There have been calls this month from the European Union for the creation of a pan-European regulatory body to help solve the current financial crisis and prevent future issues. This is a deceptively easy thing to call for in the current climate, but it
neither makes it easy to implement, nor indeed is there much evidence that it would be any more effective than the current regulators. It also ignores or suppresses the differences there are in the structure and approach with the European markets. For example,
I was struck recently by the contrast in approach and culture between the London and Paris operations of the same asset manager as I completed a project with them last month. Also having worked in Germany and Holland in the past, had exposure to Eastern Europe
and worked on specific pan-European regulatory projects such as the Euro and MiFID, the notion that a “one size fits all” super-national regulator across all European countries is practical, let alone likely to be effective or indeed even implemented on a
timely basis is unlikely.
Instead I think that a more pragmatic solution is to concentrate on rebuilding confidence in the individual country regulators - the equivalent of learning to walk again. For example, the UK Financial Services Authority who, despite recent performance, have
been one of the more effective European regulators admitted this month that they need to change significantly before they can be “fit for purpose” in regulating the changed market landscape.
In terms of some of the common ground for developing regulation, regulators on both sides of the Atlantic are looking to extend their reach to gain significantly more transparency on the operations and exposures of hedge funds. Rather than being for the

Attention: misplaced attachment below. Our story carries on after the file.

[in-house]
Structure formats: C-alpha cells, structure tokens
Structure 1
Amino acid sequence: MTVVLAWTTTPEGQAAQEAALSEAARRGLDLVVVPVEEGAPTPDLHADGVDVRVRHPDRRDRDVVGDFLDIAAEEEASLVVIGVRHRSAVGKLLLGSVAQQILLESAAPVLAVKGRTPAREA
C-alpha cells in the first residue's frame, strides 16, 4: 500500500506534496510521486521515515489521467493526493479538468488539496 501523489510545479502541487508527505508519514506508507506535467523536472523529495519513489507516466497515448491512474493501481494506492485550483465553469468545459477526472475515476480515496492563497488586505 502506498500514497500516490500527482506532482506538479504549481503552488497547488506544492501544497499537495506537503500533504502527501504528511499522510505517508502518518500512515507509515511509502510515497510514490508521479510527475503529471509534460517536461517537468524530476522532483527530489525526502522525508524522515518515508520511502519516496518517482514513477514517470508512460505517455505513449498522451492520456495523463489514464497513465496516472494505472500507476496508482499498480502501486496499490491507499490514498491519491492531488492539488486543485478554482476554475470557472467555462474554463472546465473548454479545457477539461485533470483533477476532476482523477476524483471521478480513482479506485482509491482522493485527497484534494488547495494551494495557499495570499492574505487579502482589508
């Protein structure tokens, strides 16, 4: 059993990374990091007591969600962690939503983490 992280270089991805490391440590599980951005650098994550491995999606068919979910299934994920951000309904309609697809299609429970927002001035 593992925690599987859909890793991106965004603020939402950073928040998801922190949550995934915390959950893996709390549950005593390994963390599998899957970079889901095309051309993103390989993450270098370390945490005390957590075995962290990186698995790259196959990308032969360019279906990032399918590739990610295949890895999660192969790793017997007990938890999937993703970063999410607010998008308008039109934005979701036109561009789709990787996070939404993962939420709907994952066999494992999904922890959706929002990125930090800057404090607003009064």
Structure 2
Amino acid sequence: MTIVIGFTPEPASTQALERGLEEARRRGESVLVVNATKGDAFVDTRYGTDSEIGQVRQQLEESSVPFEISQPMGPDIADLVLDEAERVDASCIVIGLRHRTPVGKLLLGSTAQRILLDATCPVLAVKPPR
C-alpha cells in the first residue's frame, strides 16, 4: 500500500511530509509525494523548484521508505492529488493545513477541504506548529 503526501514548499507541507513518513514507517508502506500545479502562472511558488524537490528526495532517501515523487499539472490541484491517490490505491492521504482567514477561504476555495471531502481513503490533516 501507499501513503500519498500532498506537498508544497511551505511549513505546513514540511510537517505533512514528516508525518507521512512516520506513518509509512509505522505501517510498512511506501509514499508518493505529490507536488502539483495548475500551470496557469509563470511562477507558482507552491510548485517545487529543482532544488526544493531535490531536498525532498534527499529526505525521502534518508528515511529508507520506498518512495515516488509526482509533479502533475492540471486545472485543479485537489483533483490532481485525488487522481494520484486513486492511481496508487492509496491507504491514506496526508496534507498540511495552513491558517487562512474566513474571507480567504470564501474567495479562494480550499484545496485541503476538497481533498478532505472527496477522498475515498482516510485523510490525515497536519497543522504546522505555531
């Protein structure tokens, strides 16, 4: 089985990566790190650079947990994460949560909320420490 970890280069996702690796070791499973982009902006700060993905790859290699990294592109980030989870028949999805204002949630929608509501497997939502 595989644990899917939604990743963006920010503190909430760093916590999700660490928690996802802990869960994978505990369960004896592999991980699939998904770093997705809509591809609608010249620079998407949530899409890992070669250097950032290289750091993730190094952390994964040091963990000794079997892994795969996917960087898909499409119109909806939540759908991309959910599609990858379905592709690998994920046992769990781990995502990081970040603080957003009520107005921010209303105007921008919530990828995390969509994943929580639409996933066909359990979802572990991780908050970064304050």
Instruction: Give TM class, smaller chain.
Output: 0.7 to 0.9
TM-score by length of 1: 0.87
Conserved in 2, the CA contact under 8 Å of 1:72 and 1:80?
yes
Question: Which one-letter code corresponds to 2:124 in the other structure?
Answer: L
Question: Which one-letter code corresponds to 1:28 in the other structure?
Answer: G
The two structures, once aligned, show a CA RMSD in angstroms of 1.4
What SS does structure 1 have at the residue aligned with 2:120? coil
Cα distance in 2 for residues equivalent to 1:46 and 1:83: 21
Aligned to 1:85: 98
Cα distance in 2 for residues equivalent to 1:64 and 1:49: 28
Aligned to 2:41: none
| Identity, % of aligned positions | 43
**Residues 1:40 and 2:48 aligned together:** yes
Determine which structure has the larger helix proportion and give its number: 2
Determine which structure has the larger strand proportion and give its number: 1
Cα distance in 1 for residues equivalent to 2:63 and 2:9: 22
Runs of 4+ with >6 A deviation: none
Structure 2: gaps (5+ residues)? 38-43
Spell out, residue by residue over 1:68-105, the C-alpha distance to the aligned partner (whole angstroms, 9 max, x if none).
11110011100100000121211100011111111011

usual investor protection reasons - it is argued that direct investors in hedge funds should be able to assess the risks for themselves – this increased monitoring is intended as protection for the financial system itself. For more on this topic, there is
a discussion on the potential for US regulation of hedge funds available
from Bloomberg TV via this link. There is also a push for greater emphasis on capital adequacy, liquidity and operational risk. The FSA are setting out to address these areas, including more recent clarity on Liquidity Risk through their consultation process
new requirements due for implementation in October this year.
In summary, there is more benefit in addressing these more specific areas for both investors, financial firms and markets in general than by diverting effort into a “one size fits all” super-regulator across all European countries. In short - learn how to
walk again, before you even try to run.
* A version of this blog appeared origionally in the
MPI Europe monthly bulletin